Ex-Washington County judge quits Alaska hearing officer post
A former Washington County Common Pleas judge resigned from a judicial position in Alaska last week after reporters began asking his superiors about an investigation of him by the Pennsylvania Attorney General's Office.
Paul Pozonsky resigned Thursday as a Worker's Compensation Board hearing officer, according to an email from Greg Cashen, assistant commissioner in the Alaska Department of Labor and Workforce Development, to the Anchorage Daily News. Pozonsky started the $79,000-a-year job in October.
Pozonsky could not be reached on Saturday.
Pozonsky's 14-year career on the Washington County bench ended June 29, when he resigned nearly two months after issuing an order to destroy evidence in 17 criminal cases.
Washington County President Judge Debbie O'Dell Seneca removed him from hearing criminal cases after his May 2 order.
Such orders usually are issued only after the district attorney or attorney general requests that evidence in closed cases be destroyed, Seneca told the Tribune-Review in June.
The evidence included crack and powder cocaine and at least $2,000 in cash, according to criminal complaints. A state grand jury heard testimony from at least three assistant district attorneys the month after Pozonsky resigned.
Pozonsky sold his North Strabane home in November, the Tribune-Review reported Wednesday, the day before he resigned his Alaska post.
His wife, Sara, is from Alaska. Her brother, Chuck Kopp, served briefly as Public Safety commissioner under former Gov. Sarah Palin. Kopp now works as an aide to state Sen. Fred Dyson, according to the Anchorage Daily News.
A message left on Sara Pozonsky's cell phone on Saturday was not returned.
A columnist at the Anchorage Daily News questioned on Dec. 1 why Paul Pozonsky was chosen over local applicants to serve as a hearing officer, and why he was allowed to submit his application after the application process had supposedly closed.
Officials in Alaska's Department of Labor could not be reached on Saturday.
Mike Wereschagin is a staff writerfor Trib Total Media. He canbe reached at 412-320-7900or email@example.com.
Show commenting policy
TribLive commenting policy
You are solely responsible for your comments and by using TribLive.com you agree to our Terms of Service.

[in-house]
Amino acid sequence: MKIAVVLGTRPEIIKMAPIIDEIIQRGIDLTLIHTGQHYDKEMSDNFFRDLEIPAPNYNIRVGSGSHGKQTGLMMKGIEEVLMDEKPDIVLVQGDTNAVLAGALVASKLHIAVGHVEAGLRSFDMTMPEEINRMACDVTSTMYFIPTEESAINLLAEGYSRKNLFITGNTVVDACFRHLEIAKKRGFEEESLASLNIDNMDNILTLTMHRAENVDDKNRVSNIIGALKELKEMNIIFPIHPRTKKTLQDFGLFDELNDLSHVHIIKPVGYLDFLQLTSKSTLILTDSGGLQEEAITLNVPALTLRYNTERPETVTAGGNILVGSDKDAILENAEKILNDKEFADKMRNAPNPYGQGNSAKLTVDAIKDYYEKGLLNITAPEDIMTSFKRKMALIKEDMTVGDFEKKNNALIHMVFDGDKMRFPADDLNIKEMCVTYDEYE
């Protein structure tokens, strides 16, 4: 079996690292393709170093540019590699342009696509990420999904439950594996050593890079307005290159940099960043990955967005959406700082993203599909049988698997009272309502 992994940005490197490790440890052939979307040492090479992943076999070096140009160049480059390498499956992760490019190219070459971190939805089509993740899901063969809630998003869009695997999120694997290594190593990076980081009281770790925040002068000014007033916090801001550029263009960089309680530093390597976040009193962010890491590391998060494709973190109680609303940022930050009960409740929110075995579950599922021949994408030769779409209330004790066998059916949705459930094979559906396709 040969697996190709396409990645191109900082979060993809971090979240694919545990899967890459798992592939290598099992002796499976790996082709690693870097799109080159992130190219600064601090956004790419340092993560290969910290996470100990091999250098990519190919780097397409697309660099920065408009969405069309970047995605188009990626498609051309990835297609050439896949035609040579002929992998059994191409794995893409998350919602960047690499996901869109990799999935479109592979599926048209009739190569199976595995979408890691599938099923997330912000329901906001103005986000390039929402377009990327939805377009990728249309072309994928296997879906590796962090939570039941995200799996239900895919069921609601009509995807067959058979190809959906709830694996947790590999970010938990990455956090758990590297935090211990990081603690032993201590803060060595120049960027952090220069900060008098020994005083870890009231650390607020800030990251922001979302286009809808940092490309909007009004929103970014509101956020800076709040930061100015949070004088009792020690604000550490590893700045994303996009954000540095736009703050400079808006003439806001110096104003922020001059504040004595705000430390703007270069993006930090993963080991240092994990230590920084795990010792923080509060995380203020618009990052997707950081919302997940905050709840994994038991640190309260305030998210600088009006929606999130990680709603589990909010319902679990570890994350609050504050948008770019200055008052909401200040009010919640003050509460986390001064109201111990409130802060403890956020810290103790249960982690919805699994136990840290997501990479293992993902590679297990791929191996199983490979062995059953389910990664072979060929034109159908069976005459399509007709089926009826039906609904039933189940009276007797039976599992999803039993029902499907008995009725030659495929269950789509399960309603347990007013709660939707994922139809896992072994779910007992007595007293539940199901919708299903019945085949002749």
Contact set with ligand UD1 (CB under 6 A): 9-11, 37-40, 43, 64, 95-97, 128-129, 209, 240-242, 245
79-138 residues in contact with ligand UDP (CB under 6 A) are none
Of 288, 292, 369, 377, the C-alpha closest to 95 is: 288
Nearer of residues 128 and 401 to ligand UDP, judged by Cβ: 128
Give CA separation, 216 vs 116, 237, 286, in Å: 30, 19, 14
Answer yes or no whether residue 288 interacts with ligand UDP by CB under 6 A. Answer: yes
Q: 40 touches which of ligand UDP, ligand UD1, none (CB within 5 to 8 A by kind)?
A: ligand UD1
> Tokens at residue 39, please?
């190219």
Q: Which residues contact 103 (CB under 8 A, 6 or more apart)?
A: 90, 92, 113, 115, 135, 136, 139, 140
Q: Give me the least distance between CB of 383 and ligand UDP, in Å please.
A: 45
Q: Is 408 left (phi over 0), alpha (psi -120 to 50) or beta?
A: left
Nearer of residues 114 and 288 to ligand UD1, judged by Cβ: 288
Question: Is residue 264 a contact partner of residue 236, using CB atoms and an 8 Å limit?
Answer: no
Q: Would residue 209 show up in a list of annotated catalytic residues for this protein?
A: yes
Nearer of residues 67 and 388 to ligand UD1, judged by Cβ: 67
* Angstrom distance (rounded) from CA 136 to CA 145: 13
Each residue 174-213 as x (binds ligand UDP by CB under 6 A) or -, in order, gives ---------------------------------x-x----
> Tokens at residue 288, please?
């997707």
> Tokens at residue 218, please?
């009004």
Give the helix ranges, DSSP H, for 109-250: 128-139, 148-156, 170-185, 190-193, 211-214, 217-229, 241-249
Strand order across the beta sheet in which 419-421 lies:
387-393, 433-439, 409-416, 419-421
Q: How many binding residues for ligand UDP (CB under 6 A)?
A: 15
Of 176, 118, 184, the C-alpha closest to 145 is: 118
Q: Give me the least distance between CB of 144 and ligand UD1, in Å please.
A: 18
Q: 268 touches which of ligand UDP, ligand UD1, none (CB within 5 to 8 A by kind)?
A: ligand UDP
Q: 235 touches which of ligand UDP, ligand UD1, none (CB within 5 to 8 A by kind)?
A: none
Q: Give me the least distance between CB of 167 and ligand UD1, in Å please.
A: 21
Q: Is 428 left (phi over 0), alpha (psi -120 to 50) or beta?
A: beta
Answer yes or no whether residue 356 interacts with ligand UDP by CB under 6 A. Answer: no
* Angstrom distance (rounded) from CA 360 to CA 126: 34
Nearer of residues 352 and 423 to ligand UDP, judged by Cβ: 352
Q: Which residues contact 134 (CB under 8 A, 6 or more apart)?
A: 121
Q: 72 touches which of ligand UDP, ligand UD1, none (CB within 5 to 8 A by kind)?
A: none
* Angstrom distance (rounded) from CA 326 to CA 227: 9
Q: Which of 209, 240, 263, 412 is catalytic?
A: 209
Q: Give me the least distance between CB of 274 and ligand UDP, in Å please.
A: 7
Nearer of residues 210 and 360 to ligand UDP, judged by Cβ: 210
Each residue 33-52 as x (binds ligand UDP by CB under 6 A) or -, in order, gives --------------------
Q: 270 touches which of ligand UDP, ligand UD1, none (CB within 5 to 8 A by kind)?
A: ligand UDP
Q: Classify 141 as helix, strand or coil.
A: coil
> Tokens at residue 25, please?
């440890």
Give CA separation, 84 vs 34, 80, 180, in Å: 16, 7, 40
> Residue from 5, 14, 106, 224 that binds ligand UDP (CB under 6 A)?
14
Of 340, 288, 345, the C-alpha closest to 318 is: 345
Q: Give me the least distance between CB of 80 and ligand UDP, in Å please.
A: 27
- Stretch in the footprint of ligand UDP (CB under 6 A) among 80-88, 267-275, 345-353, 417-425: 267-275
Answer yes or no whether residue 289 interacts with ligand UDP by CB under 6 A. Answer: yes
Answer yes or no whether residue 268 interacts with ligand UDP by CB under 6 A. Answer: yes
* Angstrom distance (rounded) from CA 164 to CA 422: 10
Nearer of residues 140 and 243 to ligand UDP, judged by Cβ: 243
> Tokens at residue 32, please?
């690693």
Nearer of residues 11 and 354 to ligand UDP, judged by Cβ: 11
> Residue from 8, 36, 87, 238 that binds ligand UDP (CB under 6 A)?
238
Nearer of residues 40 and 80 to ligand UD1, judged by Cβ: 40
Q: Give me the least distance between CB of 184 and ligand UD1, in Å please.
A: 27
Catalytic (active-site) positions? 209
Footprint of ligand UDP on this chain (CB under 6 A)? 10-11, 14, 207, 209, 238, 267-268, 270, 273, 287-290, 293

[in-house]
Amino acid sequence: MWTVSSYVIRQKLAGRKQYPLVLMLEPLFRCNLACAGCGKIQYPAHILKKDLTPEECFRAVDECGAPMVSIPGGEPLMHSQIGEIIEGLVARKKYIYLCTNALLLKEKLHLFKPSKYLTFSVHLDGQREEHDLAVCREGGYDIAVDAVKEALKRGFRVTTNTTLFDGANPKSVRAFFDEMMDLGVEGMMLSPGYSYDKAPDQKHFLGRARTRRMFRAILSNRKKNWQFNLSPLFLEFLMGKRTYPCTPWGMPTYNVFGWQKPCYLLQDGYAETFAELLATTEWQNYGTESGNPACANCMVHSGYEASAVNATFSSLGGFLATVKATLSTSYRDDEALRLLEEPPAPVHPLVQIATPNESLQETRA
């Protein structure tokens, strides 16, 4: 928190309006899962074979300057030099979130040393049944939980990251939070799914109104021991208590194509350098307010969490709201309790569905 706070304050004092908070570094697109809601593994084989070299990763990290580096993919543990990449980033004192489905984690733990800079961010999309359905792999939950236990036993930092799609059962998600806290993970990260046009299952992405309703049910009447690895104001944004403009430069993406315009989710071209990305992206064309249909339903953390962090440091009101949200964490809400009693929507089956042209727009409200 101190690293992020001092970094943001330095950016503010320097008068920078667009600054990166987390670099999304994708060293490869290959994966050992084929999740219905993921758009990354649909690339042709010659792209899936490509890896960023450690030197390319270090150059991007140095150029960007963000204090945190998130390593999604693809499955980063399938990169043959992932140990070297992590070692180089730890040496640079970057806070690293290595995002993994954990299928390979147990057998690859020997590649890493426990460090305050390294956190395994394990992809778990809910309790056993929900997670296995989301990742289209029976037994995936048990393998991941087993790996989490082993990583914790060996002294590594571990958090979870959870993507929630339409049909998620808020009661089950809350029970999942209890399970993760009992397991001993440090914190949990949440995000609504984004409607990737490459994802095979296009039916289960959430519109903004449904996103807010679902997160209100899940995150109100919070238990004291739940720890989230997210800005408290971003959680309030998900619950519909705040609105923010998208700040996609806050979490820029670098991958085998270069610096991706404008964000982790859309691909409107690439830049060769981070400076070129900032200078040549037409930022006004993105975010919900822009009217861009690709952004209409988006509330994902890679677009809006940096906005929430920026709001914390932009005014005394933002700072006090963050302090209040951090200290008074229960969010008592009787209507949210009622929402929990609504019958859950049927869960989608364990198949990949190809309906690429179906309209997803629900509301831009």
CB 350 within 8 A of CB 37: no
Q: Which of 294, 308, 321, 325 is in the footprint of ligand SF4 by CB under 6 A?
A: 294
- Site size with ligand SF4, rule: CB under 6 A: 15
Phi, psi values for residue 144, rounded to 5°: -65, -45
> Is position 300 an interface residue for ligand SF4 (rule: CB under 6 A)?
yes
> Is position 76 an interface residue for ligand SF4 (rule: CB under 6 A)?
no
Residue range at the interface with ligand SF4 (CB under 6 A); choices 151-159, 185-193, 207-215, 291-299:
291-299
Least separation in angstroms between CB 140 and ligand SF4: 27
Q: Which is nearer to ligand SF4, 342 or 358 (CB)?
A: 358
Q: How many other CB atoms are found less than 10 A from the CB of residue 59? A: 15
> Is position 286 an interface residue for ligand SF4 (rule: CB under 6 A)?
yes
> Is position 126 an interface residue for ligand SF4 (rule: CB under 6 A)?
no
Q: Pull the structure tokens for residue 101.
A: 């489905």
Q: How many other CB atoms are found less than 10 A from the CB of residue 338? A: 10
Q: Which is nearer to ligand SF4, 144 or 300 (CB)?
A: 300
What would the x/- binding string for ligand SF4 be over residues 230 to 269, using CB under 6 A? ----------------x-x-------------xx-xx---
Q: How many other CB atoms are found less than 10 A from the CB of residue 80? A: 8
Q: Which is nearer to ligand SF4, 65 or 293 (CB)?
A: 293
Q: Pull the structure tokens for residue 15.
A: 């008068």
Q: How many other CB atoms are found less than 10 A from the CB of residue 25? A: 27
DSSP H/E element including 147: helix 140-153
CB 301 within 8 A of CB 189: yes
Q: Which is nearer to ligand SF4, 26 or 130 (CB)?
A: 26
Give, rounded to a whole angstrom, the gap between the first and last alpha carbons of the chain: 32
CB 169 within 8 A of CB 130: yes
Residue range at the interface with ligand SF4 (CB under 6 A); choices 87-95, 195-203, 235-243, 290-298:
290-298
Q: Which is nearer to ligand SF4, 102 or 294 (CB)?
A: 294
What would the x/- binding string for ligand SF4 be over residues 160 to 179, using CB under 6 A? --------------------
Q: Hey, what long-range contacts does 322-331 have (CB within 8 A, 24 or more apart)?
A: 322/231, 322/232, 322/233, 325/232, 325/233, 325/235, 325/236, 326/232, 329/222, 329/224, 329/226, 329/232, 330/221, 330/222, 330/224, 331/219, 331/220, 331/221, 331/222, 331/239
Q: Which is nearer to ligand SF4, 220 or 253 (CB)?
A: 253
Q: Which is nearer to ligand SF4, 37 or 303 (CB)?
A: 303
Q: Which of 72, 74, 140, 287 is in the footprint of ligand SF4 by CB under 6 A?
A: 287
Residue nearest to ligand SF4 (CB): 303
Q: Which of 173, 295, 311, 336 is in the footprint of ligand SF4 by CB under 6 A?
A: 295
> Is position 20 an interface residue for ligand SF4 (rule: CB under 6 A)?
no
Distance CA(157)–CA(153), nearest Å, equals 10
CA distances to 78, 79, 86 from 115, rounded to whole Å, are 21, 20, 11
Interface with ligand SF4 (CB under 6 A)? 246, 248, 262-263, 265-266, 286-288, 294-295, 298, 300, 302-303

We moderate comments. Our goal is to provide substantive commentary for a general readership. By screening submissions, we provide a space where readers can share intelligent and informed commentary that enhances the quality of our news and information.
While most comments will be posted if they are on-topic and not abusive, moderating decisions are subjective. We will make them as carefully and consistently as we can. Because of the volume of reader comments, we cannot review individual moderation decisions with readers.
We value thoughtful comments representing a range of views that make their point quickly and politely. We make an effort to protect discussions from repeated comments either by the same reader or different readers.
We follow the same standards for taste as the daily newspaper. A few things we won't tolerate: personal attacks, obscenity, vulgarity, profanity (including expletives and letters followed by dashes), commercial promotion, impersonations, incoherence, proselytizing and SHOUTING. Don't include URLs to Web sites.
We do not edit comments. They are either approved or deleted. We reserve the right to edit a comment that is quoted or excerpted in an article. In this case, we may fix spelling and punctuation.
We welcome strong opinions and criticism of our work, but we don't want comments to become bogged down with discussions of our policies and we will moderate accordingly.
We appreciate it when readers and people quoted in articles or blog posts point out errors of fact or emphasis and will investigate all assertions. But these suggestions should be sent via e-mail. To avoid distracting other readers, we won't publish comments that suggest a correction. Instead, corrections will be made in a blog post or in an article.
- Husband charged in ax murder of wife hangs himself in cell
- Cochranton farm specializes in growing out-of-season vegetables
- ‘Tipping point’ near for Pa. government, conservative expert predicts at Freedom Forum
- As House looks to dismantle state stores, hybrid system might be option
- Pa. Senate approves ‘paycheck protection’ constitutional amendment
- Wolf touts in-home care for seniors
- Liquor privatization bill clears Pennsylvania House panel